"Fuck cars," and foregrounding marginalized voices

Published on 2024-01-05

Is saying "fuck cars" ableist?

Before I get into this, I want to answer the question directly: yes, "fuck cars" is ableist, but there's a lot more to be said than that.

Today we're talking about ✨discourse✨.

This is entirely prompted by a post I saw on the fediverse a few weeks ago, that I've been thinking a lot about since. I'd link it if I could remember it; if I find it again I'll come back here and update this post.

A lot of people were upset hearing this, of course, because "fuck cars" is supposed to be one of those unambiguously good things you believe, and this mean disabled person was problematizing it for them.

The problem with a phrase like "fuck cars" ultimately boils down to one of nuance. "Fuck cars," if we're to take it to mean "we need to get rid of cars," or "we need to ban cars," or something else to that effect, is a pretty unnuanced statement. Most people who recite it don't really seem to have a plan for what that'd look like, and how it'd accommodate people who actually, truly do rely on cars for reasons beyond "I like driving because it makes me feel like a manly man."

The reality is that if we were to get rid of cars completely in many of the highly car-centric hubs across the shit hole that is colonial North America, a lot of people would be hung out to dry. You can't just say "fuck cars," you basically also have to say "completely re-engineer all of the city planning across the continent done over the past four hundred years." The former doesn't really suggest the latter on its own.

That being said, I think most reasonable people who say things like "fuck cars" would also love to re-engineer all the city planning across the continent to build more pro-human urban environments. That's kind of what the whole New Urbanism movement is, of which "fuck cars" is a part of.

So yeah, that's the argument against "fuck cars" being ableist: it's a slogan promoting a single aspect of a larger movement, and to treat it in isolation is wrong.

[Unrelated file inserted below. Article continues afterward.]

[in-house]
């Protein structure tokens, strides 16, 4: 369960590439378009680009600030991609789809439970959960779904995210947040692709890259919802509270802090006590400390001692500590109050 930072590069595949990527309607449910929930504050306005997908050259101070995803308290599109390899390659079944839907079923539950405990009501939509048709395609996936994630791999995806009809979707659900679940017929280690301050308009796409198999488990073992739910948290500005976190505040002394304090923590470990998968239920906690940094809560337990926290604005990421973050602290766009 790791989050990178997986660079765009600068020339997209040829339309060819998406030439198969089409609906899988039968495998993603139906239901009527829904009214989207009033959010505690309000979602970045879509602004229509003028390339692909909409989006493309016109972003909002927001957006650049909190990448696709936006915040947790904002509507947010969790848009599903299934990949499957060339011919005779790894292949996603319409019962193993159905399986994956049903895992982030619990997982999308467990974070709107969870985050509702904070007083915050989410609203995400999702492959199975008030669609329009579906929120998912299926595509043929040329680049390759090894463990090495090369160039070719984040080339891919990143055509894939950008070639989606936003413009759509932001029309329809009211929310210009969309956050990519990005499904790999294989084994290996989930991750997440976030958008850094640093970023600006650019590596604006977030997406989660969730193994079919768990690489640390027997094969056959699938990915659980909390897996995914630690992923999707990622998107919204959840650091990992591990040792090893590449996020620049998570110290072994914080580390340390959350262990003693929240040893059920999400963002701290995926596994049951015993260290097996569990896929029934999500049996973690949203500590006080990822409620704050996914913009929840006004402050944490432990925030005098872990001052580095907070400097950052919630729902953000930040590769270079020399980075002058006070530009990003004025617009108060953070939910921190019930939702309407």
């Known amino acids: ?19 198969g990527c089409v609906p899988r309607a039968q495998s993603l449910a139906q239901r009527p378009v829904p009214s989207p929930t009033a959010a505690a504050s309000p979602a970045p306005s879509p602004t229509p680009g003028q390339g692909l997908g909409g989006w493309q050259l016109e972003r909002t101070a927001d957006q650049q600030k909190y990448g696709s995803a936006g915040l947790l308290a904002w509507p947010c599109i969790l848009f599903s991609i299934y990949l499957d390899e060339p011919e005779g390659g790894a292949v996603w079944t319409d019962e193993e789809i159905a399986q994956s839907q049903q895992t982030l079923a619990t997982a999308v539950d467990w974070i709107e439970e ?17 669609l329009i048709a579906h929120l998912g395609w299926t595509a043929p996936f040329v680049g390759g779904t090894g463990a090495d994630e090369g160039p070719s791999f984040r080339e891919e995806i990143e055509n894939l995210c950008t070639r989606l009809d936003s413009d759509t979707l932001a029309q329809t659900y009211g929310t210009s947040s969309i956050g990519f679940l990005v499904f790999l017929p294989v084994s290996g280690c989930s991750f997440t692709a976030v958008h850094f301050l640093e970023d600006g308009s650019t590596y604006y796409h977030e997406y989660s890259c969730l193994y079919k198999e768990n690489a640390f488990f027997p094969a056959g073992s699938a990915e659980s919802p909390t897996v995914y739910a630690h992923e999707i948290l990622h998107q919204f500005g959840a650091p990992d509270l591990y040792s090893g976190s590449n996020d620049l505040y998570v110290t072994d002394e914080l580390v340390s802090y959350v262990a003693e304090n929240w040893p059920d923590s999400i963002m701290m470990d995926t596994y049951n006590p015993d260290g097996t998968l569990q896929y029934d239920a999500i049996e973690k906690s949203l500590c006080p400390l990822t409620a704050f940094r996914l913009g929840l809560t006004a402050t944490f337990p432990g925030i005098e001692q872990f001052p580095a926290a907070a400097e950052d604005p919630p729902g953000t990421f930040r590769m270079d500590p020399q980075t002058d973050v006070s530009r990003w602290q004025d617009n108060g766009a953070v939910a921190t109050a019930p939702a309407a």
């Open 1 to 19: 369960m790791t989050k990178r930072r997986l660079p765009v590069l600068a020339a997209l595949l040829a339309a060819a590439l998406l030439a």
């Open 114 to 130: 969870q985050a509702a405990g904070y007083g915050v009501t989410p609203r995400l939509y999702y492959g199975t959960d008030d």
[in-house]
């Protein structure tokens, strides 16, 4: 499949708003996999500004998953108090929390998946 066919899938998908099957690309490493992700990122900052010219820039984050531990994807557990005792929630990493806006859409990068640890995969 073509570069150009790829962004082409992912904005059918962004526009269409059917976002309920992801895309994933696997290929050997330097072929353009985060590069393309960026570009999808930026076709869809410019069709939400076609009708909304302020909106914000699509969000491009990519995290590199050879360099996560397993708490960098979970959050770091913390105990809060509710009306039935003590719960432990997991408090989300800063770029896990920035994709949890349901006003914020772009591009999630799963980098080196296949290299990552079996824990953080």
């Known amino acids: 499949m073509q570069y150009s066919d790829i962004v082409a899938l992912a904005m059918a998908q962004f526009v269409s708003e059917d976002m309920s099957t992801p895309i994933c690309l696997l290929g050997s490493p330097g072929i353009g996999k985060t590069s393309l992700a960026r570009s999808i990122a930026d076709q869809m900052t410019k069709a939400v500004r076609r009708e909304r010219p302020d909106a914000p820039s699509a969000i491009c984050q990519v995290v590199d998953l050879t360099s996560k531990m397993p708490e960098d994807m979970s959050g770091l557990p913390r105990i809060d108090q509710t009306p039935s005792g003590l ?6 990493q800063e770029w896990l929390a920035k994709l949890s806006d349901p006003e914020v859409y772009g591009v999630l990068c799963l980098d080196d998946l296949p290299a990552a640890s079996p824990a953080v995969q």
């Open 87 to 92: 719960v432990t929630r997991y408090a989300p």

But the thing is, that argument assumes New Urbanism consistently keeps all marginalized groups in mind all the time. It often doesn't! Lots of New Urbanist folks know little to nothing about disability!

It is basically a matter of fact that if you're not incorporating disabled people's needs into every part of the design process for your new urbanist utopia, you are not going to design a city that meets the needs of all its people. So, when we reduce the scope of our thinking to, say, "fuck cars," there are some people whose needs remain in the foreground, and others who don't.

This matter of whose needs are foregrounded and whose are resigned to the background, that is a conscious decision we make. We choose to marginalize voices. That's what makes "fuck cars" ableist.

Admittedly, having said all this, I don't think I'm going to stop saying "fuck cars," because I think there's a ton of other reasons why it's a useful phrase to have in your Toolkit of Things to Say. Ultimately, I think that it does fit squarely into a larger movement that is much better suited to accommodate the needs of disabled people than the Car Regime we live under today (one question often left unanswered when calling "fuck cars" ableist is "what about disabled people who can't afford cars?", for example). But I mean, I don't rely on mobility aids to get around town, so when people who do tell me what they need I'm much more inclined to take them at their word than to try and sneakily side-step their needs with some bullshit argument about urban planning.

I think at the very least, being aware of how these things can be implicitly ableist is important to keep those voices at the forefront of the discussion where they belong. You will not build a safe future for marginalized people if you keep them at the margins of your worldview.

So, in that sense, both "fuck cars" and "saying fuck cars is ableist" as independent statements are really useful for directing the public consciousness towards a more pro-human model of living.

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